Med. Sci. 2019, 7(12), 109; https://doi.org/10.3390/medsci7120109 - 10 Dec 2019
Cited by 5 | Viewed by 3963
Abstract
The majority of sexual health research has focused on erectile dysfunction following prostate cancer treatment. Ejaculatory and orgasmic dysfunction are significant side effects following the treatment of prostate cancer. Orgasmic dysfunction covers a range of issues including premature ejaculation, anorgasmia, dysorgasmia, and climacturia. [...] Read more.
The majority of sexual health research has focused on erectile dysfunction following prostate cancer treatment. Ejaculatory and orgasmic dysfunction are significant side effects following the treatment of prostate cancer. Orgasmic dysfunction covers a range of issues including premature ejaculation, anorgasmia, dysorgasmia, and climacturia. This review provides an overview of prevalence and management options to deal with orgasmic dysfunction. A Medline Pubmed search was used to identify articles relating to these problems. We found that orgasmic dysfunction has a very large impact on patients’ lives following prostate cancer treatment and there are ways for physicians to treat it. Management of patients’ sexual health should be focused not only on erectile dysfunction, but on orgasmic dysfunction as well in order to ensure a healthy sexual life for patients and their partners. Full article
(This article belongs to the Special Issue Men's Sexual Health)
11 pages, 843 KiB  
Review
Premature Ejaculation: Aetiology and Treatment Strategies
Med. Sci. 2019, 7(11), 102; https://doi.org/10.3390/medsci7110102 - 25 Oct 2019
Cited by 40 | Viewed by 14169
Abstract
Premature ejaculation (PE) is a highly prevalent male sexual dysfunction that is often neglected, presenting a currently unmet therapeutic need. The classification of PE has historically been varied and at times ambiguous, contributing to inaccurate prevalence estimates. This review uses the International Society [...] Read more.
Premature ejaculation (PE) is a highly prevalent male sexual dysfunction that is often neglected, presenting a currently unmet therapeutic need. The classification of PE has historically been varied and at times ambiguous, contributing to inaccurate prevalence estimates. This review uses the International Society for Sexual Medicine (ISSM) definition of PE, which includes reduced ejaculatory latency, lack of control and associated negative personal consequences. Patient assessment and management options differ depending on the classification of PE and it is the role of the clinician to appropriately classify patients and be aware of the correct management strategies. This review provides an overall background of PE in terms of classification and underlying physiology, patient assessment and management strategies along with the scientific rationale for treatment. Patients with lifelong and acquired PE are most likely to benefit from combination therapy of pharmacological treatment in the form of selective serotonin re-uptake inhibitor dapoxetine, psychosexual behavioural therapy and psychological therapy. Full article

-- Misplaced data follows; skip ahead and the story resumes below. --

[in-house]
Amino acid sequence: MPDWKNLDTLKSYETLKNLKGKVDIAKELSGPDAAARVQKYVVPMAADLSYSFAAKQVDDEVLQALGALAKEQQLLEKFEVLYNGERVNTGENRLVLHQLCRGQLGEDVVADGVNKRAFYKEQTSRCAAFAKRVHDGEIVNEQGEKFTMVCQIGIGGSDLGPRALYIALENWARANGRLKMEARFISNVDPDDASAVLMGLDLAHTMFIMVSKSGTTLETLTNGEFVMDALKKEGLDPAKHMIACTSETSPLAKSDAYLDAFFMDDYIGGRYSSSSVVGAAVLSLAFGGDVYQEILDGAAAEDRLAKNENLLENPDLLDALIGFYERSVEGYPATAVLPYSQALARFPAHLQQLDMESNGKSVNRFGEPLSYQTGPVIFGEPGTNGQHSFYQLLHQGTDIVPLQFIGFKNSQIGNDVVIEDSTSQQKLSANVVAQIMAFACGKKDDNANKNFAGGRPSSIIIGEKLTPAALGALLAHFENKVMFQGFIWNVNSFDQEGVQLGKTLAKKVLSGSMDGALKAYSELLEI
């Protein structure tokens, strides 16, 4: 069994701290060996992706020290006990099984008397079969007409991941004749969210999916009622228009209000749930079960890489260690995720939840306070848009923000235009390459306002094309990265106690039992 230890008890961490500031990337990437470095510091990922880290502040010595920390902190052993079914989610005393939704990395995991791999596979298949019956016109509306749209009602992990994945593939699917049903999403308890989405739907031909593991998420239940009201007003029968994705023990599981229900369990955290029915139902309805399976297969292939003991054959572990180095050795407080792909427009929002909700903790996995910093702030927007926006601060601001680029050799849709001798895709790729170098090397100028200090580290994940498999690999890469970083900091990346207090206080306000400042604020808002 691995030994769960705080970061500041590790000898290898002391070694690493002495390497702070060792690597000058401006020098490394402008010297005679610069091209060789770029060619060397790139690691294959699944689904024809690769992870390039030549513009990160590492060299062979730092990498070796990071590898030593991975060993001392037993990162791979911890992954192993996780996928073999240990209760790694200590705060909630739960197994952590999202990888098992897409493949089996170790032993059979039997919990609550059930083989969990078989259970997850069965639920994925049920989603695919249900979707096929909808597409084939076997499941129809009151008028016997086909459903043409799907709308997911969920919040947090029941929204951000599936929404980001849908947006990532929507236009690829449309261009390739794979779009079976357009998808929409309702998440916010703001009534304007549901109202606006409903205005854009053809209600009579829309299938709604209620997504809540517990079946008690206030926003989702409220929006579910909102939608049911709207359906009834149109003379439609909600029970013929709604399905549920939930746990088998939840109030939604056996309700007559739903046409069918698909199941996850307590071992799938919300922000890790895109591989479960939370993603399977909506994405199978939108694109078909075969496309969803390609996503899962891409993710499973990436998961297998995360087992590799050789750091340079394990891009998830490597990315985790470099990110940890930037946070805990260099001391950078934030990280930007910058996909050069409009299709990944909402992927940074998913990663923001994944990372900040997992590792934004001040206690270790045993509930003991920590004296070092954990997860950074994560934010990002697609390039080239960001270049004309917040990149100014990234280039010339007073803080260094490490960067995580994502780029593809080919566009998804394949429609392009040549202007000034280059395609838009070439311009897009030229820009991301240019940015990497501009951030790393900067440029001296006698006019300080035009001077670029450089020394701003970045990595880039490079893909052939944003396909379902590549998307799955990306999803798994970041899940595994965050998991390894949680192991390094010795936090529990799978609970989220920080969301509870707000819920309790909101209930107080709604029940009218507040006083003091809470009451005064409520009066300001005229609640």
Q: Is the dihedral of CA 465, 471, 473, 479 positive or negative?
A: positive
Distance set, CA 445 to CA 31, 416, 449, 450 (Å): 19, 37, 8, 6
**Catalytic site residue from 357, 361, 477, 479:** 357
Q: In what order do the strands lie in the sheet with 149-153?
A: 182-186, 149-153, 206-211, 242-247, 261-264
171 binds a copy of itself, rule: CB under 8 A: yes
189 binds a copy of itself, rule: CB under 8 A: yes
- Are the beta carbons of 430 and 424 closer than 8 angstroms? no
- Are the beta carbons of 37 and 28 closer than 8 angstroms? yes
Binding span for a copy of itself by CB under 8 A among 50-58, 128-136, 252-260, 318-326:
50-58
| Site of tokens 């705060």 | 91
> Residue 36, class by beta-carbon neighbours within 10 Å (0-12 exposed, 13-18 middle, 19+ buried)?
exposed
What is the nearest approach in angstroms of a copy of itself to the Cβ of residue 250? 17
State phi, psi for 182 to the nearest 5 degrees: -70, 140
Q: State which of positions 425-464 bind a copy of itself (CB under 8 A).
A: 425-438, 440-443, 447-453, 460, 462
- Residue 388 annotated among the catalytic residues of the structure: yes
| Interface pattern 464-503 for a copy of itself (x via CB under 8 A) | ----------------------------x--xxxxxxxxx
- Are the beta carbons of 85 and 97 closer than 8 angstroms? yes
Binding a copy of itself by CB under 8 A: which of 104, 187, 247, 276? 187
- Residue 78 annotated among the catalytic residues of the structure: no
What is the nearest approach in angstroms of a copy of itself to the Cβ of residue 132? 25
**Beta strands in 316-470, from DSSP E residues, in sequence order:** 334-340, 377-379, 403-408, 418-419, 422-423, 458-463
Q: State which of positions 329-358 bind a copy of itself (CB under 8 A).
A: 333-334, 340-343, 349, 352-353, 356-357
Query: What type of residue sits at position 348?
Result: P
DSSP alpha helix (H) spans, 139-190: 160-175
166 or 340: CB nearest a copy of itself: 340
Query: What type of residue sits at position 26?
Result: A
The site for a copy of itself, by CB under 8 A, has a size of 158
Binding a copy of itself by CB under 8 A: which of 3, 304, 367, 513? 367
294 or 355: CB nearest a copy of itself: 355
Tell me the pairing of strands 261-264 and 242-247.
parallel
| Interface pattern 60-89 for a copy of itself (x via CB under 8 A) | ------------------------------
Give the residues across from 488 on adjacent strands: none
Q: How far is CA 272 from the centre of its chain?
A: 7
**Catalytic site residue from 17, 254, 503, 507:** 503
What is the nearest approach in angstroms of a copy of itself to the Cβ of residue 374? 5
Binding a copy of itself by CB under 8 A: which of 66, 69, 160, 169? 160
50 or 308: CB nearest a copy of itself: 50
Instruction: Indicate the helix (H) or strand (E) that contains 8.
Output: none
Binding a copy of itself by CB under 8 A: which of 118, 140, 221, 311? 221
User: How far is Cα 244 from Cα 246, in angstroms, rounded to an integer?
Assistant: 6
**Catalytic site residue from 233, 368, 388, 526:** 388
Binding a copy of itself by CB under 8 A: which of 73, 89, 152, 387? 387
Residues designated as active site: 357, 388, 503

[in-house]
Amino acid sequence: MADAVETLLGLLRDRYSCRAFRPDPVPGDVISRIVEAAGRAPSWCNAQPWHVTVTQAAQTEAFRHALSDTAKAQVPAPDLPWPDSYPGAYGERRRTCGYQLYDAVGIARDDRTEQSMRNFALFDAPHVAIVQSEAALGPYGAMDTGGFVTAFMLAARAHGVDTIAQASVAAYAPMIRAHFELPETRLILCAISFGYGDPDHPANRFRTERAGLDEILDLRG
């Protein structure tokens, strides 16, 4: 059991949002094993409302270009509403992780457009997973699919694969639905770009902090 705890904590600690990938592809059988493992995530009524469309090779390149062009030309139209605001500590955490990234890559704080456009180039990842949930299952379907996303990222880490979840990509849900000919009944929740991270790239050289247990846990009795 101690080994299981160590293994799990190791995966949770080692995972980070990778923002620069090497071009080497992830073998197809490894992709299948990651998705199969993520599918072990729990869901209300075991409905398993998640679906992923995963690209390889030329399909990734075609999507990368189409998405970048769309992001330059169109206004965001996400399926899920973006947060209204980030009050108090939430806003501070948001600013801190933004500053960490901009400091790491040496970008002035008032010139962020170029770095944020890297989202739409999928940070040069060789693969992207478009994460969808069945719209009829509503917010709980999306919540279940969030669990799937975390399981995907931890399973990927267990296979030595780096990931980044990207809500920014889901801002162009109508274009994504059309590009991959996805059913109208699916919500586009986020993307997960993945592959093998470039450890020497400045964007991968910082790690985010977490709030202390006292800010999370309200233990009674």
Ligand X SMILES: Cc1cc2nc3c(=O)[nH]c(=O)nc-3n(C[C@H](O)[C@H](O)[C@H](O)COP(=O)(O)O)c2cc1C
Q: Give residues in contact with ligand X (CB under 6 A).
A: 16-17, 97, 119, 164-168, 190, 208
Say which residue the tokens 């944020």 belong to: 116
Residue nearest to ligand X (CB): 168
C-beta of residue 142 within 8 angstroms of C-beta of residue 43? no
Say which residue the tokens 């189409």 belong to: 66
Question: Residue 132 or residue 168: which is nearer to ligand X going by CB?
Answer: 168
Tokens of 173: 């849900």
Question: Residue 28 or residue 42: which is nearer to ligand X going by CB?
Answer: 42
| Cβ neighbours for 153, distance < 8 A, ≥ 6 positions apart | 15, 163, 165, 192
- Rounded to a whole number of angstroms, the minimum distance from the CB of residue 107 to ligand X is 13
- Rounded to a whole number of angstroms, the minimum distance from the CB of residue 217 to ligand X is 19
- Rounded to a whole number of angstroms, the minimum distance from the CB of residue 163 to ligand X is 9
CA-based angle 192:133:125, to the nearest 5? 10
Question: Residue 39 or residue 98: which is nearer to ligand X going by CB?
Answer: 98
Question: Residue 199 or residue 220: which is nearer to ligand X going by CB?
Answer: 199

(This article belongs to the Special Issue Men's Sexual Health)
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7 pages, 196 KiB  
Review
Sexuality in Ageing Male: Review of Pathophysiology and Treatment Strategies for Various Male Sexual Dysfunctions
Med. Sci. 2019, 7(10), 98; https://doi.org/10.3390/medsci7100098 - 20 Sep 2019
Cited by 10 | Viewed by 4917
Abstract
Sexual function among older men is often thought to decrease as part of normal ageing biology despite the fact that sexuality remains an important issue in the elderly. Sexual dysfunction in the aged male is likely multifactorial in nature, with the development and/or [...] Read more.
Sexual function among older men is often thought to decrease as part of normal ageing biology despite the fact that sexuality remains an important issue in the elderly. Sexual dysfunction in the aged male is likely multifactorial in nature, with the development and/or progression of medical comorbidities often resulting in decline in male sexual function and poor treatment response. At present, sexual dysfunction in the ageing male is poorly investigated and understood, and current treatment strategies aim at improving sexual desire and erectile function with limited data on ejaculatory and orgasmic dysfunctions. In addition, men are often reticent to seek help for health concerns including sexual dysfunction. The following article provides a narrative review of strategies to address various aspects of sexual dysfunction in the ageing male. Clinicians need to be educated to be sensitive when discussing sexuality issues among older men and to present practical solutions that take into account individual and cultural differences. Full article